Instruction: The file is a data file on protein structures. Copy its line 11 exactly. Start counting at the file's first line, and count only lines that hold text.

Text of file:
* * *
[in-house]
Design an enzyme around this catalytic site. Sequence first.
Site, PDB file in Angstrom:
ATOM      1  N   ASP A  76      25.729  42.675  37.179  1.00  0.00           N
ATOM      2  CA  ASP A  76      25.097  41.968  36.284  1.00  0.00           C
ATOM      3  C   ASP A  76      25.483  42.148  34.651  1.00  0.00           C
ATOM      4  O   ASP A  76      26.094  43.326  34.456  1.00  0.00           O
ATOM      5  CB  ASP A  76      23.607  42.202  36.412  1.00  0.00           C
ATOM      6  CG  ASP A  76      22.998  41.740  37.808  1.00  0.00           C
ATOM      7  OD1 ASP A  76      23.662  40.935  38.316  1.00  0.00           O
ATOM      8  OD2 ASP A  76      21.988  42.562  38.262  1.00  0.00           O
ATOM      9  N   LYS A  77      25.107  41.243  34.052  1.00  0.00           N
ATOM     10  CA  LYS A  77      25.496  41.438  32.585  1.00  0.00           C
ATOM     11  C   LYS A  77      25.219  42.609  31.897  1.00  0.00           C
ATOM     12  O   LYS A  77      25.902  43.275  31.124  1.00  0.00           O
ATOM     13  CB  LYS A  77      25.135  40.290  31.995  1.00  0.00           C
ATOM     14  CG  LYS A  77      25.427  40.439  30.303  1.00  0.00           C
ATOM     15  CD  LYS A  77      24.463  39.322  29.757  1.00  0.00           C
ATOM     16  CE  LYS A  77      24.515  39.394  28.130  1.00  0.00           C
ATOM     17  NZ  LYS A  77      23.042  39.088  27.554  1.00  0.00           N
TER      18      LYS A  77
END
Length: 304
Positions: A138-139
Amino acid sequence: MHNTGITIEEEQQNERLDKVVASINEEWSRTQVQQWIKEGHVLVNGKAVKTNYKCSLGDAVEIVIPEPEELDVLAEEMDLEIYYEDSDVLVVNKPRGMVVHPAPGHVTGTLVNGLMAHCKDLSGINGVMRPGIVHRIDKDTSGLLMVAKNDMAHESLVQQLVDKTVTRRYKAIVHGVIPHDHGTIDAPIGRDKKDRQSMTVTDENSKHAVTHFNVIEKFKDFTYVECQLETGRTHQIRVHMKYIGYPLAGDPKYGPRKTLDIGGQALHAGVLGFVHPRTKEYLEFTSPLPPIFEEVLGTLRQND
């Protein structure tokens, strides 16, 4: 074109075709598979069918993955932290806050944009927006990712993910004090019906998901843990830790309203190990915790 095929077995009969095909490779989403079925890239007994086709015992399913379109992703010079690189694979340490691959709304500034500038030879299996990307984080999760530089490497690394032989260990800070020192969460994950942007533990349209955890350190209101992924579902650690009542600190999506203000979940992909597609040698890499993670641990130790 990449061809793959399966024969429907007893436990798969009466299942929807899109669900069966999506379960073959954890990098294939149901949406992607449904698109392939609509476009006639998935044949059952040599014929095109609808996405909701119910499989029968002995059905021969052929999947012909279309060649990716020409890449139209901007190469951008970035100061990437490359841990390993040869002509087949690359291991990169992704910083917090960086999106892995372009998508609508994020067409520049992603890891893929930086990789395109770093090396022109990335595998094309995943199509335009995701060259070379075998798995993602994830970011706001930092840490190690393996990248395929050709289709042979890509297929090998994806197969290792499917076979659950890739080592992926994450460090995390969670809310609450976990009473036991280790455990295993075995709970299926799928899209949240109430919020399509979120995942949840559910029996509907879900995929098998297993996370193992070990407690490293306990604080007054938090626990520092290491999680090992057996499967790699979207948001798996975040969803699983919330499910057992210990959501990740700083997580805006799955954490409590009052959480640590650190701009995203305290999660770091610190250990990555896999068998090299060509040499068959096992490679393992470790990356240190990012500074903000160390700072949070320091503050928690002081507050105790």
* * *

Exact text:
ATOM      8  OD2 ASP A  76      21.988  42.562  38.262  1.00  0.00           O